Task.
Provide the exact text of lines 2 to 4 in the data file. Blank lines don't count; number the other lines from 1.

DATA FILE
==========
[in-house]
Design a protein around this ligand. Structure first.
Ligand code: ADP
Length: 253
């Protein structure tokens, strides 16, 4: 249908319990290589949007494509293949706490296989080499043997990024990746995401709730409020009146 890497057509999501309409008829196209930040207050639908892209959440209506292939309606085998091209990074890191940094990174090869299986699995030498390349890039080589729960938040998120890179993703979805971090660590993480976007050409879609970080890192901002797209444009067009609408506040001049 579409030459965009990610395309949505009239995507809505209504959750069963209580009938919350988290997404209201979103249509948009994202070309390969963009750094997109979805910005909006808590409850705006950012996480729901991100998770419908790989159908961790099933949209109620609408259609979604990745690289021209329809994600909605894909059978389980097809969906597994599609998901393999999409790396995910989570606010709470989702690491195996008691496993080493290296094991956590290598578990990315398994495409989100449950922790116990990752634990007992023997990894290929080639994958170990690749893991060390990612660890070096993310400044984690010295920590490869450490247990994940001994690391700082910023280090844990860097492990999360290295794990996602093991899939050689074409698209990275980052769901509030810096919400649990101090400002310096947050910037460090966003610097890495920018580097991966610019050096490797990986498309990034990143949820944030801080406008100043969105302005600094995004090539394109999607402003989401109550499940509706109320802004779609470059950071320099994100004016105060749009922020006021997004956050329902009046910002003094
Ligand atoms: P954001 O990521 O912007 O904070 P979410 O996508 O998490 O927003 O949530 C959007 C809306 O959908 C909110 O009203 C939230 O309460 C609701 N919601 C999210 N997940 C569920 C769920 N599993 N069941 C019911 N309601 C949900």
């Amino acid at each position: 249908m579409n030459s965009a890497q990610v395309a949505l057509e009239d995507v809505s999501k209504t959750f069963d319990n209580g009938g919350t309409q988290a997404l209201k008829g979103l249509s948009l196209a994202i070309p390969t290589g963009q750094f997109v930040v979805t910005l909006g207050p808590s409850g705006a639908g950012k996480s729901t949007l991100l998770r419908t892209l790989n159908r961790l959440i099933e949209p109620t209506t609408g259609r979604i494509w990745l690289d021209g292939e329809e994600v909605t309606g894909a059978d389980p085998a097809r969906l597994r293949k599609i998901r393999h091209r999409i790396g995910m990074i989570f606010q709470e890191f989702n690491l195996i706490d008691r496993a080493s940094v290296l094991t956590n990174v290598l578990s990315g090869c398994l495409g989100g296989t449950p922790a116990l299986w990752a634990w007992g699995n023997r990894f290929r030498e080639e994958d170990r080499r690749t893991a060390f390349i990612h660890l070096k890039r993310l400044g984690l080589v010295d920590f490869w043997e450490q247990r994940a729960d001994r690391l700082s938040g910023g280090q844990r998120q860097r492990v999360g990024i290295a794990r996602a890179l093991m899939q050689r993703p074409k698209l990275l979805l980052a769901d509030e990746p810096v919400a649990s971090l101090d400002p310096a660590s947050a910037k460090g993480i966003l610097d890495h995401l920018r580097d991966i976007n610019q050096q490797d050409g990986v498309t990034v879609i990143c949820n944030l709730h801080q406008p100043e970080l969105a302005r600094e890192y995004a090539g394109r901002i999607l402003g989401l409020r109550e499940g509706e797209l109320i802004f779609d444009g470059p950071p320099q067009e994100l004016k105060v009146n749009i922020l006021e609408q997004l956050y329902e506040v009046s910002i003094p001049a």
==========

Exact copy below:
Design a protein around this ligand. Structure first.
Ligand code: ADP
Length: 253